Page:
With these two methods we repeat some of the logic used in the importer:

  • Create a new item with the identifier encoded as the type followed by an integer ID
  • Add an appropriate tag to identify the item type
  • Save the item (which uploads it to the Directed Edge server)

You can choose to update your Directed Edge database incrementally using methods like these or import occasional snapshots using the import / export mechanism. In most cases, doubly so for fast-changing data sets, it makes more sense to keep the Directed Edge database in sync with your local database this way.

  # Creates a new customer in the Directed Edge database that corresponds to the
  # given customer ID
  def create_customer(id)
    item =, "customer#{id}")

  # Creates a new product in the Directed Edge database that corresponds to the
  # given product ID
  def create_product(id)
    item =, "product#{id}")

If you defined your own scheme for encoding items, you'll need to update that appropriately; the same goes for tags.

Adding a new purchase

As noted in the API Concepts, a purchase for us is just a link between two items, here a customer and a product. So, again, we encode the product and user names, create a new item corresponding to the customer and create a link between that item and the product's identifier.

Like we saw with adding new customers / products to the database, it's usually best to issue these calls when your database is updated so that the data on our servers reflects the data in your database.

  # Notes in the Directed Edge database that customer_id purchased product_id
  def add_purchase(customer_id, product_id)
    item =, "customer#{customer_id}")

As usual, if you defined another means of mapping product integer IDs to Directed Edge item item identifiers, that will need to be reflected here.

Finding related products

Now we get to the part where we deliver our first kind of recommendations — related products. Some of the distinction between related and recommended items is discussed in the REST API documentation.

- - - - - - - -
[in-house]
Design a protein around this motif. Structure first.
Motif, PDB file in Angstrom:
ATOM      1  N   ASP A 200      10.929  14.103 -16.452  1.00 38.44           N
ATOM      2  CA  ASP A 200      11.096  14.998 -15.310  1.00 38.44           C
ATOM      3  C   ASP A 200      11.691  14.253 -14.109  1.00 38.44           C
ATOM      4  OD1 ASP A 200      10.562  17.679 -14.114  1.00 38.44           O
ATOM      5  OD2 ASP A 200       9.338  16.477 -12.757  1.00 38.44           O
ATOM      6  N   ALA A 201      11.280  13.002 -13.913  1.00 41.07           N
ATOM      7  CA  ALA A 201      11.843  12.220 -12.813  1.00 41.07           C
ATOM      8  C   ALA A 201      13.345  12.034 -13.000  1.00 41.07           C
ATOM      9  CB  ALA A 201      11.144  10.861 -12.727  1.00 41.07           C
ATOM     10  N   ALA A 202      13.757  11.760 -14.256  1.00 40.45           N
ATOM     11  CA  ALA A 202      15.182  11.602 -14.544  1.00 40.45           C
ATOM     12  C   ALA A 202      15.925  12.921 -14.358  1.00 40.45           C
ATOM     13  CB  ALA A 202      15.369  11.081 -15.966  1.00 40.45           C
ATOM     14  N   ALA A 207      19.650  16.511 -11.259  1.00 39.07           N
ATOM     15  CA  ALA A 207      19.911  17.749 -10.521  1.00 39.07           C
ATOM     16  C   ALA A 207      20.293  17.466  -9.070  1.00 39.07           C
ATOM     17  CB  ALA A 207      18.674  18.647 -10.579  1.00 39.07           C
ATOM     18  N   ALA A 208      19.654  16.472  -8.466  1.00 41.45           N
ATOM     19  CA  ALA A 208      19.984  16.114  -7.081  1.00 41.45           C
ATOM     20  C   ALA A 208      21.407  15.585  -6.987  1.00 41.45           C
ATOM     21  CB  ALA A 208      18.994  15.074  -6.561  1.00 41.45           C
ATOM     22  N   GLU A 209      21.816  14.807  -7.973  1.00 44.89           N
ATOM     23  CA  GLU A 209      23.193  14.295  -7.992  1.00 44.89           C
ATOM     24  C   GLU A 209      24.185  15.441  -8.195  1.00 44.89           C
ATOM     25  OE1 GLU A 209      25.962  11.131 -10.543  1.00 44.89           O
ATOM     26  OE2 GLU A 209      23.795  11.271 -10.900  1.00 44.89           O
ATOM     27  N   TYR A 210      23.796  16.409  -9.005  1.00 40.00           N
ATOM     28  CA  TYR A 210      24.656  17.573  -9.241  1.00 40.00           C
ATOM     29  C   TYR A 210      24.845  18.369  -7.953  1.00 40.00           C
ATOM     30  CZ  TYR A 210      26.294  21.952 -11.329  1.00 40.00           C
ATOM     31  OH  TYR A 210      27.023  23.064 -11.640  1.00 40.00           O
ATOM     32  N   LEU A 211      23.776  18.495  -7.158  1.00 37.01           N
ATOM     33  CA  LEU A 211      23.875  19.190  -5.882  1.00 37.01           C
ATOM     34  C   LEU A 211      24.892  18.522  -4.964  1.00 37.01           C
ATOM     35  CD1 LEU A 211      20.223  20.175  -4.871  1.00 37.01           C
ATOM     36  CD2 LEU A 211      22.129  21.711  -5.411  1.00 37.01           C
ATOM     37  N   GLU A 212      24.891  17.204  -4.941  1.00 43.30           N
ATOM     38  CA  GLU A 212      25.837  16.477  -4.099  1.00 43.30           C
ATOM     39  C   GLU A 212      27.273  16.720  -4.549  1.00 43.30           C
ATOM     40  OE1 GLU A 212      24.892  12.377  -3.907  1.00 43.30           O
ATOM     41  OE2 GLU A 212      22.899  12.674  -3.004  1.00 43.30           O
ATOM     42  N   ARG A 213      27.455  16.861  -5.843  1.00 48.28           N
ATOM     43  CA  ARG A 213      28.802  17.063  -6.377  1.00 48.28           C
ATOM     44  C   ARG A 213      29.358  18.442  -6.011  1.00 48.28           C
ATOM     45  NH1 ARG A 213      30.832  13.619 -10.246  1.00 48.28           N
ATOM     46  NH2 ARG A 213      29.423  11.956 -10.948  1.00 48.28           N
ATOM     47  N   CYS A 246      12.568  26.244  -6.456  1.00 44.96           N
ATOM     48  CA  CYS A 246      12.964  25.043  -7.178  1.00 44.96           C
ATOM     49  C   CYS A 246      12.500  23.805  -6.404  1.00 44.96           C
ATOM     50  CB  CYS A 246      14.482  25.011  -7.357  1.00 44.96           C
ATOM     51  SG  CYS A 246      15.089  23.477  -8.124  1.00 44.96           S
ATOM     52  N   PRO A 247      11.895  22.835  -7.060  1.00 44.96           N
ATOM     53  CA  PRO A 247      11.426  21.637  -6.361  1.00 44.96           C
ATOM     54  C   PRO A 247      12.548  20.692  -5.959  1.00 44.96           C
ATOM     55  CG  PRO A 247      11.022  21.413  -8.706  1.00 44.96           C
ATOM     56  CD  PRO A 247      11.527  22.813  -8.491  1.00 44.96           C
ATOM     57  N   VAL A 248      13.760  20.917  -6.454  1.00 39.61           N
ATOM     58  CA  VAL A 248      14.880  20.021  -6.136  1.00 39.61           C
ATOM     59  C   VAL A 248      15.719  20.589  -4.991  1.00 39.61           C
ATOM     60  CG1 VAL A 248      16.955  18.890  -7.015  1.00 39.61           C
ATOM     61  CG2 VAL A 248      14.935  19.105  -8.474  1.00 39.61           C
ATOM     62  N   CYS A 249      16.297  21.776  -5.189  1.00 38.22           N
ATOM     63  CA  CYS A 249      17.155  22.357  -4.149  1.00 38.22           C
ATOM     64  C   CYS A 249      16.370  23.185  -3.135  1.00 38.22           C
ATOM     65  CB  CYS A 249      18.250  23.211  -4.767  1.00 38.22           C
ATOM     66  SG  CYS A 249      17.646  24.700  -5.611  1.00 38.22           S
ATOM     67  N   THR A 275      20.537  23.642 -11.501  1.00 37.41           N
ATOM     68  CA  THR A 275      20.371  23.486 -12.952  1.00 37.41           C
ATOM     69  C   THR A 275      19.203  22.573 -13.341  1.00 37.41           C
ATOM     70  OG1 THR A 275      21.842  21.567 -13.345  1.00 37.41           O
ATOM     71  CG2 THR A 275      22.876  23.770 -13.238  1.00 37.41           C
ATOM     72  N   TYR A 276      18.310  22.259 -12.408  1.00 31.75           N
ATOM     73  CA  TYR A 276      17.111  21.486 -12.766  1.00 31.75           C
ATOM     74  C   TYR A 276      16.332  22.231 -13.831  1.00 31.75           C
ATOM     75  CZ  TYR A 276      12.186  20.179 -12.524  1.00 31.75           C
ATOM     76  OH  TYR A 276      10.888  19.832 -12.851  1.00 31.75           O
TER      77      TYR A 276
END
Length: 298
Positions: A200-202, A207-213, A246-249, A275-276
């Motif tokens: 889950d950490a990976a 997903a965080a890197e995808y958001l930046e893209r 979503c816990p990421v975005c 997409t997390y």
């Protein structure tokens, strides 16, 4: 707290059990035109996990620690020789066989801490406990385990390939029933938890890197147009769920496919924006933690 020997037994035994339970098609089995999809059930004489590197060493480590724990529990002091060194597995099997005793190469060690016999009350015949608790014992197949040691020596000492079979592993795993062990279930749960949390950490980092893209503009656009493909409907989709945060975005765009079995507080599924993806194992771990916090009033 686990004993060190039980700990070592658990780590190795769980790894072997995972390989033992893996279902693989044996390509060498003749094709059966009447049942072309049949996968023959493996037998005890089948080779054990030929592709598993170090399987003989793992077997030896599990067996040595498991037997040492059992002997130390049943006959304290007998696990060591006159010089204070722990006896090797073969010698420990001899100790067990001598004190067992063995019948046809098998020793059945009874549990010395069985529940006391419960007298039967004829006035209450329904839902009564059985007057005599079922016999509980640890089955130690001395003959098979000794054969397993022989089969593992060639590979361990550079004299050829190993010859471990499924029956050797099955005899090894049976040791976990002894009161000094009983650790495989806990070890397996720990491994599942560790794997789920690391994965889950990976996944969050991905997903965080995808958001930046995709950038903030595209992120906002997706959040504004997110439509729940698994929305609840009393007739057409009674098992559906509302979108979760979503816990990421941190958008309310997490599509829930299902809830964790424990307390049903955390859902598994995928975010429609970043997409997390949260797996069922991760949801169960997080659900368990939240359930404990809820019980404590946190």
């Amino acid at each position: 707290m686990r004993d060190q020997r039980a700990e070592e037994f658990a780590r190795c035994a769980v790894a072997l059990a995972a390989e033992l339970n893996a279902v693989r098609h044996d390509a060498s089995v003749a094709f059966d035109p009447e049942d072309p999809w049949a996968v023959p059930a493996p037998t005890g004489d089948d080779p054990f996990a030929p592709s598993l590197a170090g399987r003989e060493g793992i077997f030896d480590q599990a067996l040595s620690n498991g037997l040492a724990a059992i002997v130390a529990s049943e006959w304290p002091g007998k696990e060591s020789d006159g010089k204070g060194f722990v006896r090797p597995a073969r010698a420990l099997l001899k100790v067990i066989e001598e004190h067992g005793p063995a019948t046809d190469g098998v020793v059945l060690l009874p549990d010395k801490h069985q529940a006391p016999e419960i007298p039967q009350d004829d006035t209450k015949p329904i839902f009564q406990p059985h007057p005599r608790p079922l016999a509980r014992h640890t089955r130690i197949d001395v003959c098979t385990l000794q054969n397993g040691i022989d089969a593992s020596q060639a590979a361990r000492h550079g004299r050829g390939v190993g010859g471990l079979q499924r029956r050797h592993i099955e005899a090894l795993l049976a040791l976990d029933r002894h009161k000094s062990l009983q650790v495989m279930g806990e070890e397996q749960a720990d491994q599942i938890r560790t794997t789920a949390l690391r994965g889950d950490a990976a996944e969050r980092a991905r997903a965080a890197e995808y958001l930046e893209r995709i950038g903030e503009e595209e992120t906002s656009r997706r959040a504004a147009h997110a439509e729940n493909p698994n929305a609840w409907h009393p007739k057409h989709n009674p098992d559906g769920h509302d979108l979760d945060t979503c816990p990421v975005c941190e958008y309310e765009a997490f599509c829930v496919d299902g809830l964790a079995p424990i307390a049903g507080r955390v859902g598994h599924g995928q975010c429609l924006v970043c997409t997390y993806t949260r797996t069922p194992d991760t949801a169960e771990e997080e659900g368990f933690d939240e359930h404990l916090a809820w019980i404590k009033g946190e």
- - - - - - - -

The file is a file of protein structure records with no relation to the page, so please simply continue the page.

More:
So, for products we want to find related products. So we issue a related query on the product ID we're interested in and specify that we're only interested in things with the product tag. The argument to related is a set of tags, so we give it an array (and Ruby sorts out turning that to a set). In this case we only have one item in that array.

We get back a list of identifiers and want to map those back to database IDs, so we substitute back out the product part of the strings and get just the integer part and map that back to an array.

  # Returns a list of product IDs related to the given product ID
  def related_products(product_id)
    item =, "product#{product_id}")
    item.related(['product']).map { |product| product.sub('product', '').to_i }

Once again, any changes you've made to the way that that items are encoded and tags you're using will need to be reflected here.

Delivering personalized recommendations

Much of the set up here is the same as related products above, except that now we're working with a customer ID rather than a product ID. The stripping out of the product part of the ID and mapping it back to a list of integers is the same.

  # Returns a list of personalized recommendations for the given customer ID
  def personalized_recommendations(customer_id)
    item =, "customer#{customer_id}")
    item.recommended(['product']).map { |product| product.sub('product', '').to_i }

Let's give it a spin

So, now we've finished defining our class, let's do something with it!

The example below shows:

  • Last line of the class definition (end)
  • Exports the MySQL database to a file
  • Sends that file up to the Directed Edge servers
  • Creates a new customer (with ID 500), updating the MySQL database is left up to the reader
  • Creates a new product (with ID 2000)
  • Creates a new purchase (with the customer and product we just created)
  • Retrieves and prints products related to the product with the (MySQL) ID of 1
  • Retrieves and prints personalized recommendations for the user with the (MySQL) ID of 1

store =

# Export the contents of our MySQL database to XML

# Import that XML to the Directed Edge database

# Add a new customer

# Add a new product

# Set that user as having purchased that product
store.add_purchase(500, 2000)

# Find related products for the product with the ID 1 (in MySQL)
store.related_products(1).each do |product|
  puts "Related products for product 1: #{product}"

# Find personalized recommendations for the user with the ID 1 (in MySQL)
store.personalized_recommendations(1).each do |product|
  puts "Personalized recommendations for user 1: #{product}"

See also